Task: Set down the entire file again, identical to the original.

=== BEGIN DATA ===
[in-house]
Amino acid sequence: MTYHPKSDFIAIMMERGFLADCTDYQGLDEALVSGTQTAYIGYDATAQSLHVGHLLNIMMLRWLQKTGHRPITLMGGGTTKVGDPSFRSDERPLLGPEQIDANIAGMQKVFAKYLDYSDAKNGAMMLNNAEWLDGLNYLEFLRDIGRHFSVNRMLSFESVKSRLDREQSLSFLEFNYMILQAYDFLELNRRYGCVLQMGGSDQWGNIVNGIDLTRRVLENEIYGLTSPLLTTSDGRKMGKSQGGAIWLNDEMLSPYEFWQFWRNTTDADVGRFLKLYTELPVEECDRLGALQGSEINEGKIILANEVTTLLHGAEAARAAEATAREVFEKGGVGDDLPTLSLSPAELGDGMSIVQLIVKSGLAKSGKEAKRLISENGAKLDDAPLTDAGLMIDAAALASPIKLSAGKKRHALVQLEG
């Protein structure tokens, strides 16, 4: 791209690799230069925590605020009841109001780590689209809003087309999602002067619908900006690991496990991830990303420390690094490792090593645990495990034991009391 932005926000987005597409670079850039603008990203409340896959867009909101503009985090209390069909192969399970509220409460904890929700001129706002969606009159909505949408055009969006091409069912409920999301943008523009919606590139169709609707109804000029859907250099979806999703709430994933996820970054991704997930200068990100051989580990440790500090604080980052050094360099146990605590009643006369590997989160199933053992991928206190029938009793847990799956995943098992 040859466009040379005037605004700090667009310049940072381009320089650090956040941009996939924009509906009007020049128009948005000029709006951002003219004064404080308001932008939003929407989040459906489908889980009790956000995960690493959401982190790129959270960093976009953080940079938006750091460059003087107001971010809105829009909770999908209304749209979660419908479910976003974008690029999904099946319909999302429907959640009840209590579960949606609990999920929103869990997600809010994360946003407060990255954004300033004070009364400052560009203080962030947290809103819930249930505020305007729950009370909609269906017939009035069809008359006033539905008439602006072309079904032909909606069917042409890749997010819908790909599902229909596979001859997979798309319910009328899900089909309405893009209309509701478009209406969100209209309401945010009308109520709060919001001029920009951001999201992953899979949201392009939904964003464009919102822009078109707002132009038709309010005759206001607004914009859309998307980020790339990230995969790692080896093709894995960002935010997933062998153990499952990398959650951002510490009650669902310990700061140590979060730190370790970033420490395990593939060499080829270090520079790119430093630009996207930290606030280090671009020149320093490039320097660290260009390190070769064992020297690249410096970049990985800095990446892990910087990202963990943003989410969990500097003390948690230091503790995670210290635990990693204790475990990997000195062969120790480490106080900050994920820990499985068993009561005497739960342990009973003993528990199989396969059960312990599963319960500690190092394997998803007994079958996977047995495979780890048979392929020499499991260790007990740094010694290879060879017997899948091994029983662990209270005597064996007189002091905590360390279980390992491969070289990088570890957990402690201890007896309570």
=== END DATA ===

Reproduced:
[in-house]
Amino acid sequence: MTYHPKSDFIAIMMERGFLADCTDYQGLDEALVSGTQTAYIGYDATAQSLHVGHLLNIMMLRWLQKTGHRPITLMGGGTTKVGDPSFRSDERPLLGPEQIDANIAGMQKVFAKYLDYSDAKNGAMMLNNAEWLDGLNYLEFLRDIGRHFSVNRMLSFESVKSRLDREQSLSFLEFNYMILQAYDFLELNRRYGCVLQMGGSDQWGNIVNGIDLTRRVLENEIYGLTSPLLTTSDGRKMGKSQGGAIWLNDEMLSPYEFWQFWRNTTDADVGRFLKLYTELPVEECDRLGALQGSEINEGKIILANEVTTLLHGAEAARAAEATAREVFEKGGVGDDLPTLSLSPAELGDGMSIVQLIVKSGLAKSGKEAKRLISENGAKLDDAPLTDAGLMIDAAALASPIKLSAGKKRHALVQLEG
């Protein structure tokens, strides 16, 4: 791209690799230069925590605020009841109001780590689209809003087309999602002067619908900006690991496990991830990303420390690094490792090593645990495990034991009391 932005926000987005597409670079850039603008990203409340896959867009909101503009985090209390069909192969399970509220409460904890929700001129706002969606009159909505949408055009969006091409069912409920999301943008523009919606590139169709609707109804000029859907250099979806999703709430994933996820970054991704997930200068990100051989580990440790500090604080980052050094360099146990605590009643006369590997989160199933053992991928206190029938009793847990799956995943098992 040859466009040379005037605004700090667009310049940072381009320089650090956040941009996939924009509906009007020049128009948005000029709006951002003219004064404080308001932008939003929407989040459906489908889980009790956000995960690493959401982190790129959270960093976009953080940079938006750091460059003087107001971010809105829009909770999908209304749209979660419908479910976003974008690029999904099946319909999302429907959640009840209590579960949606609990999920929103869990997600809010994360946003407060990255954004300033004070009364400052560009203080962030947290809103819930249930505020305007729950009370909609269906017939009035069809008359006033539905008439602006072309079904032909909606069917042409890749997010819908790909599902229909596979001859997979798309319910009328899900089909309405893009209309509701478009209406969100209209309401945010009308109520709060919001001029920009951001999201992953899979949201392009939904964003464009919102822009078109707002132009038709309010005759206001607004914009859309998307980020790339990230995969790692080896093709894995960002935010997933062998153990499952990398959650951002510490009650669902310990700061140590979060730190370790970033420490395990593939060499080829270090520079790119430093630009996207930290606030280090671009020149320093490039320097660290260009390190070769064992020297690249410096970049990985800095990446892990910087990202963990943003989410969990500097003390948690230091503790995670210290635990990693204790475990990997000195062969120790480490106080900050994920820990499985068993009561005497739960342990009973003993528990199989396969059960312990599963319960500690190092394997998803007994079958996977047995495979780890048979392929020499499991260790007990740094010694290879060879017997899948091994029983662990209270005597064996007189002091905590360390279980390992491969070289990088570890957990402690201890007896309570």